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Interval Session #125 - James Taylor

By SteveU - June 4, 2009
Jumping and winning at the 2008 Penn Relays. 
Photo John Nepolitan

If Nansemond River VA senior James Taylor continues to build on his impressive resume this year with outstanding post-season performances in the coming weeks, the multi-talented star’s developing fans will probably assume he’s a long-timer in the sport that somehow they just didn’t hear of until the last year or two.  Surely, he had to have been a youth star, who perhaps has just really come on later in his prep career.

But the truth is that it was thisclose to there not being a James Taylor chewing up the track, or spraying sand 24 or 25 feet from takeoff in the long jump pit.  Instead, picture the athletic 6-3, 191-pounder directing traffic on a football field – not as a quarterback, but as a drum major.  Marching band has been his passion and might have been his only big passion as a high schooler, if it hadn’t been for Coach Britt – and what Taylor summarizes is perhaps some divine intervention.

With Britt’s coaxing, however, Taylor came out for track as a sophomore and has attracted a greater spotlight than he could have imagined.  Although bigger and taller than a lot of top dashmen and leapers, he has proven to be not just an excellent sprinter, but one with great range from 60 meters to 500 meters indoors, and the 100, 200 and 400 outdoors.  And of course there’s the long jump, where he first really attracted national props with his win at the Penn Relays as a junior.

At the Virginia State Indoor meet this winter, he made history with victories in the 55 (6.26), 300 (34.07), 500 (1:05.14) and long jump (24-01.25) – the first athlete ever to take four VHSL individual titles in a championship.  Then outdoors, he won 2 golds (21.68w 200 and 47.12 400) and 2 silvers, with his best mark coming in a tough LJ loss to Justin Hunter.  Taylor had his first legal 25-footer and it took a US#1 mark to beat him.  With the post-season and his college career ahead, he took a few minutes to answer some questions with DyeStat senior editor SteveU.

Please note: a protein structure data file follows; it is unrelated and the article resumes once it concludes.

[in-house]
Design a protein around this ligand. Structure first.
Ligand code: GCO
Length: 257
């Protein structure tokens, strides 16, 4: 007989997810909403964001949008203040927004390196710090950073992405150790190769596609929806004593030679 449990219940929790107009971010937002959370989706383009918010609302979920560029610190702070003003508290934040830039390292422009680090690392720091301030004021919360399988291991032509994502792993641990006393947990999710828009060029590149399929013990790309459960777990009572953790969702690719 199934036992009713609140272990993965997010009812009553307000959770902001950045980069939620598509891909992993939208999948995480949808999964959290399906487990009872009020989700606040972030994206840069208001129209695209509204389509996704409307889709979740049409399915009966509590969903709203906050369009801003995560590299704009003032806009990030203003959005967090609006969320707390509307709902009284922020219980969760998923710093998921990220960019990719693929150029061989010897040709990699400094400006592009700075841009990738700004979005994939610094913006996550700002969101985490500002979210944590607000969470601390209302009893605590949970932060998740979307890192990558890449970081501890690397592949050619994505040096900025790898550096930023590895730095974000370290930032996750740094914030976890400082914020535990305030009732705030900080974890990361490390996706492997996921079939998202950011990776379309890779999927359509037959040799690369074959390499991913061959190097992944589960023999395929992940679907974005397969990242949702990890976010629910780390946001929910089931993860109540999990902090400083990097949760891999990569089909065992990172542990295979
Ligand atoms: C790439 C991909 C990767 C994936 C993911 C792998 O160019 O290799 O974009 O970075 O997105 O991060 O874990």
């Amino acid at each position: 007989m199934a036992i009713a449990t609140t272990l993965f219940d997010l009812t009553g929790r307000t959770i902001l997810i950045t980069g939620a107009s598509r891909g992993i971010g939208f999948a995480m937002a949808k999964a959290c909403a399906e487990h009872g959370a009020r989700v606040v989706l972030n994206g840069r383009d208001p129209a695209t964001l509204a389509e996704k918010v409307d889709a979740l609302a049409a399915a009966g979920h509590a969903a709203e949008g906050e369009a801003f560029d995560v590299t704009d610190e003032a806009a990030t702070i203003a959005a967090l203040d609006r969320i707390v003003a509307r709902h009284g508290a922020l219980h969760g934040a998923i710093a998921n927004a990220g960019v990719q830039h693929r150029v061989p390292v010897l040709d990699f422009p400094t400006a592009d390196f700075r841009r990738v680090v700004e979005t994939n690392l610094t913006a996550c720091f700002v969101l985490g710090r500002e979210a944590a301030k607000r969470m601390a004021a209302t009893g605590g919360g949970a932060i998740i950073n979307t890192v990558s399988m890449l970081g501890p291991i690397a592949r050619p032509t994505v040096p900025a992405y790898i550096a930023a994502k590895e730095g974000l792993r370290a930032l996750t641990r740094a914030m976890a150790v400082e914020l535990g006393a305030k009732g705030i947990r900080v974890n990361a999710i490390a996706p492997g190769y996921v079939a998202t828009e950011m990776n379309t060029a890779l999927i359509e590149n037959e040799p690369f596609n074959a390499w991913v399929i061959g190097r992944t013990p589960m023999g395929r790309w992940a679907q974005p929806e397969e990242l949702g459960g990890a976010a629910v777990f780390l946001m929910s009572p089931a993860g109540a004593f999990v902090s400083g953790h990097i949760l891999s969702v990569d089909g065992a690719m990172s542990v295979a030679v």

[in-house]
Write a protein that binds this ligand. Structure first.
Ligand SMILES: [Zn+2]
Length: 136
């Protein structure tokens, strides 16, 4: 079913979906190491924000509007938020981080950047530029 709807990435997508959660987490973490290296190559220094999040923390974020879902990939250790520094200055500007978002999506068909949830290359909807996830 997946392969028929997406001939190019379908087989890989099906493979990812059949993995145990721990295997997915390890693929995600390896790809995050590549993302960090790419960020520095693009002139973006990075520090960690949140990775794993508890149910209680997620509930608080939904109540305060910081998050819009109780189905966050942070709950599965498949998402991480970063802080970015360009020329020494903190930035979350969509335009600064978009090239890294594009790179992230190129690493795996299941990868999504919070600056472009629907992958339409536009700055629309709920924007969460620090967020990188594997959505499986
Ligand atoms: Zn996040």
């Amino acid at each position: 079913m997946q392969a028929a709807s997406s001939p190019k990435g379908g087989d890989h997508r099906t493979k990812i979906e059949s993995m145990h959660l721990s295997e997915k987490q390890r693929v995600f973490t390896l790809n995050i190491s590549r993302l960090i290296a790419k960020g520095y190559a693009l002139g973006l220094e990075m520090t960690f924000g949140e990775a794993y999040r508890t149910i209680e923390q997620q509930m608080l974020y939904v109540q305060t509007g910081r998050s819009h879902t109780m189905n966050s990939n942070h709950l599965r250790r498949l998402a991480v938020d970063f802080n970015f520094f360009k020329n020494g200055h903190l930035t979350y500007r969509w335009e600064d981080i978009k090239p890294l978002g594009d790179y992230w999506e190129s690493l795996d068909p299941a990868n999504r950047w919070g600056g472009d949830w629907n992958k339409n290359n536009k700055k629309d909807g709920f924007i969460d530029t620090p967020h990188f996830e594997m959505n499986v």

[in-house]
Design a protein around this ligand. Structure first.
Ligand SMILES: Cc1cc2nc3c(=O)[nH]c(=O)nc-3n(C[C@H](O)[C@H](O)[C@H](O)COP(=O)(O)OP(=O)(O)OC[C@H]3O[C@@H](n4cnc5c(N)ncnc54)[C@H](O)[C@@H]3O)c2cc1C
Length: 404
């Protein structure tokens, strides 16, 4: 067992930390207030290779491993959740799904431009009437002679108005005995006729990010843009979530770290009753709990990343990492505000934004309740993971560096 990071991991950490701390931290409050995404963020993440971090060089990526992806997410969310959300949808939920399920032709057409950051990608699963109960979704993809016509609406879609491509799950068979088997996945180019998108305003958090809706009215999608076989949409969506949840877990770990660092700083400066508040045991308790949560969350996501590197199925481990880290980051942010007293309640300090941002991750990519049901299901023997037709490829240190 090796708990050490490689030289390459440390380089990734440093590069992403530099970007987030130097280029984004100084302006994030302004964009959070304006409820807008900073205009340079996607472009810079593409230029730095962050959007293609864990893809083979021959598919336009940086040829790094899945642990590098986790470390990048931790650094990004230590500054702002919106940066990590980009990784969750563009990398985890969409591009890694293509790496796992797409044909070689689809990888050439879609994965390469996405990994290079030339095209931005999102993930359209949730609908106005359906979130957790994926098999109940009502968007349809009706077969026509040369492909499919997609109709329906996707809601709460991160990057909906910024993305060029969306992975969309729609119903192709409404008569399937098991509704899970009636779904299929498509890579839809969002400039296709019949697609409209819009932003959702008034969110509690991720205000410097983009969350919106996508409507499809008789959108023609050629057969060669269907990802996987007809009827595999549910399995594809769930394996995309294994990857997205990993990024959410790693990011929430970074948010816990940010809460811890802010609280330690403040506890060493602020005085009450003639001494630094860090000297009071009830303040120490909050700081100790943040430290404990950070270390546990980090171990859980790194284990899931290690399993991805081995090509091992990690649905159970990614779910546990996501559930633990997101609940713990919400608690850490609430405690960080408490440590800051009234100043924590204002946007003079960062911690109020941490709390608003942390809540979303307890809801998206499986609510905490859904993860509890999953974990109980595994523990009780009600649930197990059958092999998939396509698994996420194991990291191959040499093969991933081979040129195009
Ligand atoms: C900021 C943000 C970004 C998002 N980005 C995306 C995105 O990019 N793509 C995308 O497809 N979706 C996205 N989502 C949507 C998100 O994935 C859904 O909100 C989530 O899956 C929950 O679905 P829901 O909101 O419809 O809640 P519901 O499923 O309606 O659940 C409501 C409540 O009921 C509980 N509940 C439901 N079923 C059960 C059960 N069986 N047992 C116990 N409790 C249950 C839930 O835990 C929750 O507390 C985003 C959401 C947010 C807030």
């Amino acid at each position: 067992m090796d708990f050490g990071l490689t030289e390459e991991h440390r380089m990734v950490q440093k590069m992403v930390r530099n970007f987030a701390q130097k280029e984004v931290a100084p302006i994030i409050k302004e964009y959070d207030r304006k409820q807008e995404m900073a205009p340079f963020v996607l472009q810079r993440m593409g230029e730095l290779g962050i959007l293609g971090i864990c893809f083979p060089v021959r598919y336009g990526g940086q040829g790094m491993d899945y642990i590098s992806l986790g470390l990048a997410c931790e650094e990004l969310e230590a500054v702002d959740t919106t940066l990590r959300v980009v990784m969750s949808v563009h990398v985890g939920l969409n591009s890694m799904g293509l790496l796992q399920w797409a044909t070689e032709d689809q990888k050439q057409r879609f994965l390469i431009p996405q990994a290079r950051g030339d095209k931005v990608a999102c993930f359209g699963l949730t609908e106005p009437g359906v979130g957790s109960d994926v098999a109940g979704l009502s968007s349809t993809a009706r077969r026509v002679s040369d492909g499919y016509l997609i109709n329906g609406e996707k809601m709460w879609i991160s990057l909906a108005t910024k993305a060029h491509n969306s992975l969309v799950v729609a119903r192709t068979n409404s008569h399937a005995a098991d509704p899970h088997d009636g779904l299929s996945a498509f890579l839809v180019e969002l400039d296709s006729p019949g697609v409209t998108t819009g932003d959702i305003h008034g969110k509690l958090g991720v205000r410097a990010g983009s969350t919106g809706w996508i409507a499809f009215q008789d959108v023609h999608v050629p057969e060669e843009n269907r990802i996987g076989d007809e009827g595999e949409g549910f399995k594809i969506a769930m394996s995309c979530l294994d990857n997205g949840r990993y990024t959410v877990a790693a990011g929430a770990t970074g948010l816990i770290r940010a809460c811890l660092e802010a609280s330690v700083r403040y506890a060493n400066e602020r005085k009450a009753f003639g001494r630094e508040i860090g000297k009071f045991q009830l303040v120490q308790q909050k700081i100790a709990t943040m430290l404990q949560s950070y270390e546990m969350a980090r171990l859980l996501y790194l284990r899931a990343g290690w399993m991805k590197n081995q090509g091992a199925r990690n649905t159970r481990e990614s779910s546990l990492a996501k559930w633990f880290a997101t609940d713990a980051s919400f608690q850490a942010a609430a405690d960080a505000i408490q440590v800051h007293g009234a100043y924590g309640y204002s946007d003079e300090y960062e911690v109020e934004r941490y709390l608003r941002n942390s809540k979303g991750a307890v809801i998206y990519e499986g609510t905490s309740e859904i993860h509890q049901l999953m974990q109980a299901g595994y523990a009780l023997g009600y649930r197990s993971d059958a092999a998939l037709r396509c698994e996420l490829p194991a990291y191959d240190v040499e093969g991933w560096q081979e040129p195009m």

1)  Congrats on your performances at the state meet.  I wanted to go through some of what the weekend was like for you.  First, can you tell me about the long jump?  It was certainly one of the great battles, nationally, this year- with you and Hunter both going over 25 feet.

It was very exciting, because I had competition and it was only my second time jumping this year (outdoors).
2)  How did you feel about each of your running finals Saturday?  Obviously you were in contention for all three dashes, but the short races, especially, you had very close competition.  How would you break it down and how did you evaluate it a the end of the day?

I felt like I had to win all of the events that I was entered in, but was also thinking about it being my last high school meet (regular season).  At the end of the day, I was satisfied because I had people to challenge and because I PR’d in the 400 and long jump.  It was a great track meet.

Winning the 200 at NSIC this year. 
Photo John Nepolitan

3) You also had an amazing quadruple at the indoor state meet, winning four events in that instance.  Comparing the two, is there any disappointment in not winning as many outdoors, or did you know it would be a different and perhaps harder challenge?